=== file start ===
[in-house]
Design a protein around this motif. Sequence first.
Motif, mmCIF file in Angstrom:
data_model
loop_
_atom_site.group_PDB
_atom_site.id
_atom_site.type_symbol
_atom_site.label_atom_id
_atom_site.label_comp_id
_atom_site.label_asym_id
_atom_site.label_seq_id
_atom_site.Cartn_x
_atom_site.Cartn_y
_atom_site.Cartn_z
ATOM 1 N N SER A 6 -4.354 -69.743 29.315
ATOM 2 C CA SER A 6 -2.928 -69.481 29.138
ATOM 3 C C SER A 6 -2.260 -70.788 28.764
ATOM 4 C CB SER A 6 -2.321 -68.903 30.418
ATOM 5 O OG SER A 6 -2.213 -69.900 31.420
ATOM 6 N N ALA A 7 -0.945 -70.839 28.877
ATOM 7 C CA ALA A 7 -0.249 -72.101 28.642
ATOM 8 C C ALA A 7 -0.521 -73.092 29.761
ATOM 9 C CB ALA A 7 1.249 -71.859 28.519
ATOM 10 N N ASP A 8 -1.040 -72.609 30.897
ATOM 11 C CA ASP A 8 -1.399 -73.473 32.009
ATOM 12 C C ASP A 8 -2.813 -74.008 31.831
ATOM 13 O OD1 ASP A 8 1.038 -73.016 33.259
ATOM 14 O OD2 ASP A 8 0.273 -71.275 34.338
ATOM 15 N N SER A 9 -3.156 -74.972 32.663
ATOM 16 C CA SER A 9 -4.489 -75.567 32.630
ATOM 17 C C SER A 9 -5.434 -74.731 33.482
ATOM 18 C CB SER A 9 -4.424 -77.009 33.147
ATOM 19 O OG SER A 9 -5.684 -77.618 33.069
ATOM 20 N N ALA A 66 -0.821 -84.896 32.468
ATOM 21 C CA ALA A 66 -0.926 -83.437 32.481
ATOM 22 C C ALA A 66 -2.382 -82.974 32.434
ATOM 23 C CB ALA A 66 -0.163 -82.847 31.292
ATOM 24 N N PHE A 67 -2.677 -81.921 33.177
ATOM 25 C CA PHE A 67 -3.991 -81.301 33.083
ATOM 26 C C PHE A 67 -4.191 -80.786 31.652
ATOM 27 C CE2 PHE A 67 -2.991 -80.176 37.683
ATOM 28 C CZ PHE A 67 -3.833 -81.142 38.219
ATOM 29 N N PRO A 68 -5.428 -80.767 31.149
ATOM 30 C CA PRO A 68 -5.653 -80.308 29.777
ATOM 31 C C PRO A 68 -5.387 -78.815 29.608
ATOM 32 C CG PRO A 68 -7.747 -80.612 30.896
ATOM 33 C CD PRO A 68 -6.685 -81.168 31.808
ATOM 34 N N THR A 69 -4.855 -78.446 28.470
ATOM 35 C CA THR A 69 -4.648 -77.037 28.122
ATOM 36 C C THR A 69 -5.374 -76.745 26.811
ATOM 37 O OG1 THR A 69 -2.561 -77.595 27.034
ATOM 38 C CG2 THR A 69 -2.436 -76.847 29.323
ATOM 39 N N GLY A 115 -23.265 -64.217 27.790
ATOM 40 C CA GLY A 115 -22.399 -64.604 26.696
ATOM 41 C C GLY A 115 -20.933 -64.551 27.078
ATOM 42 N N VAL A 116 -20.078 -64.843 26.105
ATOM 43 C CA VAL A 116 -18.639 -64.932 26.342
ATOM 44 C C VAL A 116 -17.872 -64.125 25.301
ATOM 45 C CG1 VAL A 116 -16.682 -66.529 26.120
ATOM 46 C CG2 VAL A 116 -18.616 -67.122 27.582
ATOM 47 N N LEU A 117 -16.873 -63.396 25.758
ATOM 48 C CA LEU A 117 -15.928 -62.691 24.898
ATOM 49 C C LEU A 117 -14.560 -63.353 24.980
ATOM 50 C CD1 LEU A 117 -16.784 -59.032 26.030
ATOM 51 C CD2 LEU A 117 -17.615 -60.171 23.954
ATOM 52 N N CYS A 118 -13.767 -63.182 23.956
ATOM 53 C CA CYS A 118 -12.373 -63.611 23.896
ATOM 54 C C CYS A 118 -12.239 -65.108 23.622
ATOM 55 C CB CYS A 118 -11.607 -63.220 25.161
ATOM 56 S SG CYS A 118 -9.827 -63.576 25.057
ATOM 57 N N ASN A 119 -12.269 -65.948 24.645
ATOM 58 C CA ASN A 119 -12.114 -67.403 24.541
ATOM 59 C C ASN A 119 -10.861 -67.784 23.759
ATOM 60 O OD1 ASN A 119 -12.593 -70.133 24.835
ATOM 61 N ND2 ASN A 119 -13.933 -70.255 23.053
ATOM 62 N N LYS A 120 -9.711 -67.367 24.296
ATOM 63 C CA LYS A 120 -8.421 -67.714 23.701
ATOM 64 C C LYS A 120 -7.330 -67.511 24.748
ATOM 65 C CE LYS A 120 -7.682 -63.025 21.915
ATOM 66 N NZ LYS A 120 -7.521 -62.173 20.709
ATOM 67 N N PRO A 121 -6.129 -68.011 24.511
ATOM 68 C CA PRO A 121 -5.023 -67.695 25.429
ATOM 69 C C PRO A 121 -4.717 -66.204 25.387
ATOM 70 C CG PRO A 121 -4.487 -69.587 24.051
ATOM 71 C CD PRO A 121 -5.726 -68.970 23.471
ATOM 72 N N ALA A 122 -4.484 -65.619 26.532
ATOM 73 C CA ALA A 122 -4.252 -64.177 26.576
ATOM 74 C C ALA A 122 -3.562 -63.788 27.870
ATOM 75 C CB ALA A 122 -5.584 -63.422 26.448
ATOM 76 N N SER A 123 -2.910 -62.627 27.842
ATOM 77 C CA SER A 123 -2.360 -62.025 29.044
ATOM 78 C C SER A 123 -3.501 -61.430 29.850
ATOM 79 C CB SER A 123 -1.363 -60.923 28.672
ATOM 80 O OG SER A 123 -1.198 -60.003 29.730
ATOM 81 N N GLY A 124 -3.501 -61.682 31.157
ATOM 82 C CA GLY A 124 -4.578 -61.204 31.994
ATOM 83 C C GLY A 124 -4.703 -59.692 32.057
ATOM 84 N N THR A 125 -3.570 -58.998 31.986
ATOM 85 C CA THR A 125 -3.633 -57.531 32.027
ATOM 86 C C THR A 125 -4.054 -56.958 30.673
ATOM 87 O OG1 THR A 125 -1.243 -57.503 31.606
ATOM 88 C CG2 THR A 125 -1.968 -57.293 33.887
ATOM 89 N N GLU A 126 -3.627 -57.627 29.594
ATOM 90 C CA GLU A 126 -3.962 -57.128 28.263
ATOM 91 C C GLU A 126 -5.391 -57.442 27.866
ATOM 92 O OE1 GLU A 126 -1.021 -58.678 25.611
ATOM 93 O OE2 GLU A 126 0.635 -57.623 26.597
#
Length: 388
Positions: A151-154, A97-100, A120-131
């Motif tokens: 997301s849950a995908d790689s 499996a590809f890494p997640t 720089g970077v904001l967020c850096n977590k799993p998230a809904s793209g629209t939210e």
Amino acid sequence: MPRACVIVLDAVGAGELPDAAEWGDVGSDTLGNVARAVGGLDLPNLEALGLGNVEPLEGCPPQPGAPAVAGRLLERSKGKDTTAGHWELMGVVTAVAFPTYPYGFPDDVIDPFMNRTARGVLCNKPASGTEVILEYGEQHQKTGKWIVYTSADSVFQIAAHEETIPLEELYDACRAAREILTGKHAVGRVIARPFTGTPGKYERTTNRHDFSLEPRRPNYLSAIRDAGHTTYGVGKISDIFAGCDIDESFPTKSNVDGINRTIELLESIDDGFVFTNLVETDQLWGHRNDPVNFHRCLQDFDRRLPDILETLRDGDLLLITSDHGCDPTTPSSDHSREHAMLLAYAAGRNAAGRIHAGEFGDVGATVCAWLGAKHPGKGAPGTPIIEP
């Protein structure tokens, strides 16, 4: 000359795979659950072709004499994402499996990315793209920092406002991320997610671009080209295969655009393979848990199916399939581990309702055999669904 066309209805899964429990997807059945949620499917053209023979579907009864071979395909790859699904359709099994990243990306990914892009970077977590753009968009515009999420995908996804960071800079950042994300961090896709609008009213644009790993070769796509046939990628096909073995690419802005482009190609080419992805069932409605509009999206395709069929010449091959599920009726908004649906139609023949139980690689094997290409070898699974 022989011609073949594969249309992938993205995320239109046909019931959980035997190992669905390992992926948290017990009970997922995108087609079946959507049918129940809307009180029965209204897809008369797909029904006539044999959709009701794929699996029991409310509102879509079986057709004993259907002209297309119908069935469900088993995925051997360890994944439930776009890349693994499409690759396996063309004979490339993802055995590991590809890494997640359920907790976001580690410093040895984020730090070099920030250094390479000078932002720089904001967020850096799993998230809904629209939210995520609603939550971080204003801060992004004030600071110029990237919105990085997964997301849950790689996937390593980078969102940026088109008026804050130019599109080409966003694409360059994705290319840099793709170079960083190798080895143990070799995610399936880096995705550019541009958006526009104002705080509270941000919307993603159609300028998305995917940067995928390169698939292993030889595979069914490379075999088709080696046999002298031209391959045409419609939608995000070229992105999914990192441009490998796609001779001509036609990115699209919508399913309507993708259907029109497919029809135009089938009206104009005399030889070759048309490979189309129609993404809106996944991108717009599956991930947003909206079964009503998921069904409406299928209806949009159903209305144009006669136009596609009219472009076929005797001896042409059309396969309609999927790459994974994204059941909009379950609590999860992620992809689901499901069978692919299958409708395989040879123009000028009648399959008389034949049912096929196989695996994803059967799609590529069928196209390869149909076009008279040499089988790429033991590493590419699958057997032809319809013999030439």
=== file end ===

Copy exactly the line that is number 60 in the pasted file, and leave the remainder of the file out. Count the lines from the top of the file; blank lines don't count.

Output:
ATOM 45 C CG1 VAL A 116 -16.682 -66.529 26.120